Crown Estate Outlines Next Steps for Celtic Sea Floating Offshore Wind Lease Sale
The Crown Estate has made some modifications to the auction process for the Celtic Sea floating wind leases offshore Wales and southwest England, focusing on social value, integration ports and supply chain, as well as addressing new spatial constraints to help de-risk projects ahead of opening the leasing round to bidders later this year.
In regards to spatial considerations, the Crown Estate has adopted its approach to focus on delivering up to 4 GW of initial floating wind capacity in four project sites located in two of the shortlisted search areas published in October 2022.
When it comes to its plans for the auction process, the Crown Estate said that the developers will be required to set out a number of commitments as part of the tender process, including how they intend to reflect the important role of ports in the assembly and deployment of turbines.
In particular, integration ports are expected to play a key role when it comes to the manufacture and storage of the numerous components required to deploy floating offshore wind, such as foundation assembly, cabling, and placing the turbines on top of the floating foundations.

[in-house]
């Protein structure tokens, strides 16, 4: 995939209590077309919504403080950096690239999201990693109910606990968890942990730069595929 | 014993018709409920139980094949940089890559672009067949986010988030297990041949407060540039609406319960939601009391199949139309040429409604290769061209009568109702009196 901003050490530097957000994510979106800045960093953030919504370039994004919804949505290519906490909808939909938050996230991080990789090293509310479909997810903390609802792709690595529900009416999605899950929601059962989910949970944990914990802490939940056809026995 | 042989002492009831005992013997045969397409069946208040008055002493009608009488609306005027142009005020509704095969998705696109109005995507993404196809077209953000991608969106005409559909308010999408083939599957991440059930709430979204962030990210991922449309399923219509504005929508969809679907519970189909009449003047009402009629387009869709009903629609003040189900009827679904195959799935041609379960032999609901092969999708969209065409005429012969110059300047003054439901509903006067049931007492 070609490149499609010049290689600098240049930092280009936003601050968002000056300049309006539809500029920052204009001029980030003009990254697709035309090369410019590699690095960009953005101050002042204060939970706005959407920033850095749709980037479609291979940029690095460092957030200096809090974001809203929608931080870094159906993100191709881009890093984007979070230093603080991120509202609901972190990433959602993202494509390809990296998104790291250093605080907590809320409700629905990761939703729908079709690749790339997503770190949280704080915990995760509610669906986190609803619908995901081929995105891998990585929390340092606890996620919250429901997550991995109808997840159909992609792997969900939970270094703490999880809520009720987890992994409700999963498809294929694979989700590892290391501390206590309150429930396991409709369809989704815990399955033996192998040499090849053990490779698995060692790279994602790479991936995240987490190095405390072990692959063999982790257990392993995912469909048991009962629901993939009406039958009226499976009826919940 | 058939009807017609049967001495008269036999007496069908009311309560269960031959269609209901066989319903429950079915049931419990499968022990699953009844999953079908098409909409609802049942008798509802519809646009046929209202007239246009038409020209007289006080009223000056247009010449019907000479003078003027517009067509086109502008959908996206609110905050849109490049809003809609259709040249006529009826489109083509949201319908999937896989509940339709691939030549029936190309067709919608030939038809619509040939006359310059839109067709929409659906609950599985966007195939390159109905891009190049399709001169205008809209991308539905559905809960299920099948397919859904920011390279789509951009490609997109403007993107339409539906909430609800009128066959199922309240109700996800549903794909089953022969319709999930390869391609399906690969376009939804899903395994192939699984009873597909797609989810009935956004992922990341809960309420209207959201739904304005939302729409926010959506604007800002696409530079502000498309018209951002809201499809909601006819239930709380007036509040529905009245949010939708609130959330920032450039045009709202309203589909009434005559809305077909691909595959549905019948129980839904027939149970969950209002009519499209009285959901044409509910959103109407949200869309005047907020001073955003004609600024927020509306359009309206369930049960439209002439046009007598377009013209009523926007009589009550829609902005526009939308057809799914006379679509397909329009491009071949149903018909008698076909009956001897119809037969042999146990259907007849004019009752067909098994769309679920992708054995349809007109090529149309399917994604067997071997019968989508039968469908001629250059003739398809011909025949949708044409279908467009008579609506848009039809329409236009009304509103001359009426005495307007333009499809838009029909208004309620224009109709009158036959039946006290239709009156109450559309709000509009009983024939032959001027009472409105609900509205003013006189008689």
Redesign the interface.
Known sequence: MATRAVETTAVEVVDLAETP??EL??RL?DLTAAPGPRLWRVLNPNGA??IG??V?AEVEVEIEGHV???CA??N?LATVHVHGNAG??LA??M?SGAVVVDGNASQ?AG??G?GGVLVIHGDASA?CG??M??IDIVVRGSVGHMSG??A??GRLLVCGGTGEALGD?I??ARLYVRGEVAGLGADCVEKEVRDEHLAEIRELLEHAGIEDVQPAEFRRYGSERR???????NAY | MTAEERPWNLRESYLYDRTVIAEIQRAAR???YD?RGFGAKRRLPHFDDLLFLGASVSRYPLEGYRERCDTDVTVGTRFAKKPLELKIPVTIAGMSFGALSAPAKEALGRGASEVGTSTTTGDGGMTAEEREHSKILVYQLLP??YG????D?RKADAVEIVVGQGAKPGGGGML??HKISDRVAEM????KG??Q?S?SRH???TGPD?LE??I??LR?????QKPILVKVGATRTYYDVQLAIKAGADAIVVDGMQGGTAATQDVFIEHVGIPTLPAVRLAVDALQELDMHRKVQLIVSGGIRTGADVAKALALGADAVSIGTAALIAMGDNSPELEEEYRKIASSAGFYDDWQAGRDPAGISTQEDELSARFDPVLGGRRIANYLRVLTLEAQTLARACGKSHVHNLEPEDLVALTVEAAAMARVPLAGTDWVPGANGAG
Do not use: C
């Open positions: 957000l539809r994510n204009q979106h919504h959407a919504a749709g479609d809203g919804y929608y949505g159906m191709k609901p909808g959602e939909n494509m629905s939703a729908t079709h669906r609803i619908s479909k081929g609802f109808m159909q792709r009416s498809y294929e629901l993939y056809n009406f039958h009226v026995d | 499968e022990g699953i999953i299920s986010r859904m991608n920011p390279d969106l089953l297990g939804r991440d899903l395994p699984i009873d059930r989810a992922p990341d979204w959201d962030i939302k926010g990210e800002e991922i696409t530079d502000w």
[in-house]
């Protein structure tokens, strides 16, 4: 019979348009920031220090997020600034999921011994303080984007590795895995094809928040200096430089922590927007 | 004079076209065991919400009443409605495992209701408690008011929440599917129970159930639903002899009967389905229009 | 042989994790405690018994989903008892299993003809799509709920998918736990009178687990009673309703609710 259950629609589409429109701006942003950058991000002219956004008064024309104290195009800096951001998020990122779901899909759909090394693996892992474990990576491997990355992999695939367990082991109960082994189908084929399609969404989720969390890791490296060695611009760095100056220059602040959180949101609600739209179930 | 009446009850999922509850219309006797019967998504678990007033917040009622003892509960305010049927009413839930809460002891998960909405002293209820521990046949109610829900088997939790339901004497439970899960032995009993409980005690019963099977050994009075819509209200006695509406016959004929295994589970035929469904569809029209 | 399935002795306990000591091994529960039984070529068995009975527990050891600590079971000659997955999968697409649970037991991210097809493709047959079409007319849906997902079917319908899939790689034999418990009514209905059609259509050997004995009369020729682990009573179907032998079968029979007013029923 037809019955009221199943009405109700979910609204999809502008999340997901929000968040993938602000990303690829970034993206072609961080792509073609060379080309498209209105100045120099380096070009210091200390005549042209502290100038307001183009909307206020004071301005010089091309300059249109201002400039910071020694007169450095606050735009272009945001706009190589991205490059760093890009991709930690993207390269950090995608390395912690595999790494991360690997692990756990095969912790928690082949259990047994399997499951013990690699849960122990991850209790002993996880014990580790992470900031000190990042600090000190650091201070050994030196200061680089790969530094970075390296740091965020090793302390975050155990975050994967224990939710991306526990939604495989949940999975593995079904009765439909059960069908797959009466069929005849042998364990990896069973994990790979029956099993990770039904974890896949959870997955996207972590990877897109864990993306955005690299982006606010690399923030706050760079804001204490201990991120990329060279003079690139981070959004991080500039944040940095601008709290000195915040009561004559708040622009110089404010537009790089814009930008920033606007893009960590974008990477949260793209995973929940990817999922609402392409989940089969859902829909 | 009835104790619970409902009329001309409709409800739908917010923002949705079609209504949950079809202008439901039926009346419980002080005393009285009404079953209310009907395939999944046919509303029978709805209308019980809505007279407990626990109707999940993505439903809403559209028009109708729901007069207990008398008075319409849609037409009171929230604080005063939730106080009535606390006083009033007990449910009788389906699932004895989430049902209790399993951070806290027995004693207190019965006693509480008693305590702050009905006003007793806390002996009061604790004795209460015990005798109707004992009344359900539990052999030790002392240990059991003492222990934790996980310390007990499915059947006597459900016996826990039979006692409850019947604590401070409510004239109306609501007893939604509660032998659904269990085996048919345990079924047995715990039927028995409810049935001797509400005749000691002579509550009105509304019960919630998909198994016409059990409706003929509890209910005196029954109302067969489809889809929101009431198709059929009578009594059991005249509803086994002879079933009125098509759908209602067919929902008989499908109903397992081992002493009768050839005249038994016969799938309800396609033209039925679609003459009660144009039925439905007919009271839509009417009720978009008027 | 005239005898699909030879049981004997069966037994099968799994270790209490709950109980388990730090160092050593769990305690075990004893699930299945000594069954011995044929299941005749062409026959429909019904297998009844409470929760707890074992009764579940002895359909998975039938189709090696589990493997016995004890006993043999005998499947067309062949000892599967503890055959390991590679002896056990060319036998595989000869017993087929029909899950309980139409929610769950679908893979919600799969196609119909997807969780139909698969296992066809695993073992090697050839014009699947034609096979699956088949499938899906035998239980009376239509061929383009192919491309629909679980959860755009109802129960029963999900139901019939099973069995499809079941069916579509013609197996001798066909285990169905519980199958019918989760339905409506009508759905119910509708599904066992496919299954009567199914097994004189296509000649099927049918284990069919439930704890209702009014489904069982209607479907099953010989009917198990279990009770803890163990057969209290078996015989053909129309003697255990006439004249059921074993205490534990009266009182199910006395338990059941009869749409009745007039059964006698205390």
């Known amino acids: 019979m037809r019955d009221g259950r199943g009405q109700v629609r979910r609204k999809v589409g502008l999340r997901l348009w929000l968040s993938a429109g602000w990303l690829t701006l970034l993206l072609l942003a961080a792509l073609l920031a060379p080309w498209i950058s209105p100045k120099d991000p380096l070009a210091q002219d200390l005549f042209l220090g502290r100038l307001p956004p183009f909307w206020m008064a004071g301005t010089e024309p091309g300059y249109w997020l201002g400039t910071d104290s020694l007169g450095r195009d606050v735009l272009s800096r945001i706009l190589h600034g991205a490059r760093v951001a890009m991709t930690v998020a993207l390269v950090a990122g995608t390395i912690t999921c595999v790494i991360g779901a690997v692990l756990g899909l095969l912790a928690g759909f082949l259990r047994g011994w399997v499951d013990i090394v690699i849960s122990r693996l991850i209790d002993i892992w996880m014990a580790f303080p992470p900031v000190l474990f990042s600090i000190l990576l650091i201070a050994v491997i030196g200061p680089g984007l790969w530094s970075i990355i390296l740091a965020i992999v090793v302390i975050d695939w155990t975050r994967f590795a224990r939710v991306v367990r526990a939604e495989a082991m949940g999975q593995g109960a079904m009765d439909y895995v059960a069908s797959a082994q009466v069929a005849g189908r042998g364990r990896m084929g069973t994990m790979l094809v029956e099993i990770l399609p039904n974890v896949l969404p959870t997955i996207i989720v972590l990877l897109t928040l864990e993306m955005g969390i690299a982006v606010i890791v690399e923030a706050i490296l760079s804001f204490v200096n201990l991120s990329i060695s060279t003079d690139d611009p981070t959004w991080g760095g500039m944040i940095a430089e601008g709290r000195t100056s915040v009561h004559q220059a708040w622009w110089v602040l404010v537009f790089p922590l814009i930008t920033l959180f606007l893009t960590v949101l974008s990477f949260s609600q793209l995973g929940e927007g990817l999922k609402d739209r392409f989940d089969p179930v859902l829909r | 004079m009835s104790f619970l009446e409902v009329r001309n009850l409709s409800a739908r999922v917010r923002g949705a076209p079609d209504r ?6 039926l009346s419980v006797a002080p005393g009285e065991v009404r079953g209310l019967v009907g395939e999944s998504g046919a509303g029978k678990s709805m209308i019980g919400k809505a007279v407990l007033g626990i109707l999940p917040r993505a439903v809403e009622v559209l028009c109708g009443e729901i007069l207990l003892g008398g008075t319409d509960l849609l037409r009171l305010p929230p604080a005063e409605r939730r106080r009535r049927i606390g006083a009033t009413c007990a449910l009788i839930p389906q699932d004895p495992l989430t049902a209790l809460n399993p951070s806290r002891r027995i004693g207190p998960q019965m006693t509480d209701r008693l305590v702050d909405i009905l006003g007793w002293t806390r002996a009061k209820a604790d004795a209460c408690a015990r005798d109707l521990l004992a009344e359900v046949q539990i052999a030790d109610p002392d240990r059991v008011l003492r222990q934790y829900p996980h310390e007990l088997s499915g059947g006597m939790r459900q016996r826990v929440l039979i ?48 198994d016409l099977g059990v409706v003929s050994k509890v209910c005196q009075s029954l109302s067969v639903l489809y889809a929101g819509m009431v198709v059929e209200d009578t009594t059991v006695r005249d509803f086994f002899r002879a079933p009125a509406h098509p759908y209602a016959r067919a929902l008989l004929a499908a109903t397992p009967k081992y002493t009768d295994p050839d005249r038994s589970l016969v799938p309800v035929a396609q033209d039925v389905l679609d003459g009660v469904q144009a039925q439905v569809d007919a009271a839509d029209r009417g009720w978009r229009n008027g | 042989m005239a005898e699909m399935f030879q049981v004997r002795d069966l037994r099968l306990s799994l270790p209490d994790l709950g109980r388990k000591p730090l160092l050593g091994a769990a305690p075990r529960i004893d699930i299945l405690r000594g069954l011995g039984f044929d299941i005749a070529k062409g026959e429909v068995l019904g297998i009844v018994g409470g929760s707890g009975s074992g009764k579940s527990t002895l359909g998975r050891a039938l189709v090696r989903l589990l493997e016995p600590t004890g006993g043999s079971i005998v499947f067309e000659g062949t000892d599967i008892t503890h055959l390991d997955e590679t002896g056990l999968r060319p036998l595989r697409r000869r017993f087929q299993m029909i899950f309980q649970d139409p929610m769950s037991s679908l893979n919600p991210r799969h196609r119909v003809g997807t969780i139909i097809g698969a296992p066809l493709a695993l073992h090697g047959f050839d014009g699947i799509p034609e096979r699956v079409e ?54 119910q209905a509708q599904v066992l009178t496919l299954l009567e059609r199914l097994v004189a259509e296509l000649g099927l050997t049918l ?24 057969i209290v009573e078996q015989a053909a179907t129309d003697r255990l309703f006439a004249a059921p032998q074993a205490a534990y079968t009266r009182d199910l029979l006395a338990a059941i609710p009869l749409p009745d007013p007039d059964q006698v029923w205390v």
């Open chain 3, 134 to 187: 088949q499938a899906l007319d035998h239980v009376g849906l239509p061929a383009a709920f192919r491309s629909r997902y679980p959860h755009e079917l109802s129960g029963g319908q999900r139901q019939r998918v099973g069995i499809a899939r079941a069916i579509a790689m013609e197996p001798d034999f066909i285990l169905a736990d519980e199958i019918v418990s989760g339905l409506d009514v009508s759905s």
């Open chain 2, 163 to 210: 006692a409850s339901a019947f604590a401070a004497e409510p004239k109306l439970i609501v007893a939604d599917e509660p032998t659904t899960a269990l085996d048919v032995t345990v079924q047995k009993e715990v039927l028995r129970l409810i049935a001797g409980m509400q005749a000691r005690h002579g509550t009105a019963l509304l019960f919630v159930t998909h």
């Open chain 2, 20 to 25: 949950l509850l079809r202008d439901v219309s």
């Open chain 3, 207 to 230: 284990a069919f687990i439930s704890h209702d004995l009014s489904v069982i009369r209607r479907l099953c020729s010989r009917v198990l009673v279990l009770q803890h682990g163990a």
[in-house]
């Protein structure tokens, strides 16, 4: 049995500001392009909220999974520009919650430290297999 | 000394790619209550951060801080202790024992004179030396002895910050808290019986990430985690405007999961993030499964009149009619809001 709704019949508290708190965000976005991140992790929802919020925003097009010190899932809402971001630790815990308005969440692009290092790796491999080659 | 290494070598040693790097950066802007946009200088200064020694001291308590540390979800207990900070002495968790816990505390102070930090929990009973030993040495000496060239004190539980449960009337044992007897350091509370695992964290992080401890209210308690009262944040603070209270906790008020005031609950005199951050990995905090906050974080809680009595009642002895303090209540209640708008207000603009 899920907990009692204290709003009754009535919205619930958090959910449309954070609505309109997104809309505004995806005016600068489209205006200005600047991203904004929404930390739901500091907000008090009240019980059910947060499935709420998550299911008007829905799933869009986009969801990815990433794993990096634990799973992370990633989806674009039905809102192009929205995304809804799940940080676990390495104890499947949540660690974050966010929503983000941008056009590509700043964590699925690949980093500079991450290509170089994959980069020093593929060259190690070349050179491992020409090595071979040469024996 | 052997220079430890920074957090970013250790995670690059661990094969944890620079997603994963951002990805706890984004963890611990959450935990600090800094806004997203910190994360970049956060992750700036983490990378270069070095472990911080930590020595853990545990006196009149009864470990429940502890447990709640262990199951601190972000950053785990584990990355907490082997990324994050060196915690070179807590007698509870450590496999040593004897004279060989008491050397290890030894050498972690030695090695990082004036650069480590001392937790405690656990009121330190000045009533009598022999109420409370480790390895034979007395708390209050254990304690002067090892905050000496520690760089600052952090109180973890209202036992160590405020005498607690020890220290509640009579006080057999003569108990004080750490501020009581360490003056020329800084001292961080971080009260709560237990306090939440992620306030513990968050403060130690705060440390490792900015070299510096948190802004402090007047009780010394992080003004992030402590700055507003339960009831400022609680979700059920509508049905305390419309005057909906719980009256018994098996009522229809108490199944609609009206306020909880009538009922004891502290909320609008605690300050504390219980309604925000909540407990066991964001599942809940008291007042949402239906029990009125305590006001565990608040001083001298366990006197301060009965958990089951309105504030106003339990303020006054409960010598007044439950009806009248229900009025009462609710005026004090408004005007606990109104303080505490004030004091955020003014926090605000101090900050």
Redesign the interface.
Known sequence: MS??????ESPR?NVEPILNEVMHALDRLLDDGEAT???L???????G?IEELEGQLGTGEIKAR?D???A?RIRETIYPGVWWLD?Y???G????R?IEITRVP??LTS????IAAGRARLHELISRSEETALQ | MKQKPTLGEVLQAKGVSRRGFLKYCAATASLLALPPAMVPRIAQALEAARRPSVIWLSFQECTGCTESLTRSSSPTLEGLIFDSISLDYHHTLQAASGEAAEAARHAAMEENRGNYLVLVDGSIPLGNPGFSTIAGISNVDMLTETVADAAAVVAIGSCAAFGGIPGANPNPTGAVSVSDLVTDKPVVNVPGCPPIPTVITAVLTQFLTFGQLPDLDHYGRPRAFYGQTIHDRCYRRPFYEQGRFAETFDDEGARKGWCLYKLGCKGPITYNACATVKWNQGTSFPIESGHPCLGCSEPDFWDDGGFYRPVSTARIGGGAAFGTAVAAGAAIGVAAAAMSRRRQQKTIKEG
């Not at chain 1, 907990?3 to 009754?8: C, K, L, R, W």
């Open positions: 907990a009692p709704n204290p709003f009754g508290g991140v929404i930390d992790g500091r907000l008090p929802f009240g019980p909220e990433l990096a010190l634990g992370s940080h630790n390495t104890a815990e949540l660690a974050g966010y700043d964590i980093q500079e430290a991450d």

New aspects of the tender design will also require developers to set out more detail on how they plan to create lasting social and environmental value, with the introduction of questions linked to the UK Government’s social value model (SVM) focused on education, inclusion, environment, and communities.
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With the goal of increasing transparency, the Crown Estate said it will change the auction design and will adopt a ‘rising clock’ auction with pricing movements published during the different rounds, allowing greater transparency for developers over whether other parties are still bidding for certain locations.
Final confirmation of the design of the tender and Project Development Areas is expected over the summer, ahead of the formal launch of the tender later this year.
Meanwhile, the Crown Estate continues its efforts to further accelerate and de-risk the deployment of floating offshore wind in the Celtic Sea, including a multi-million-pound series of technical and environmental surveys.
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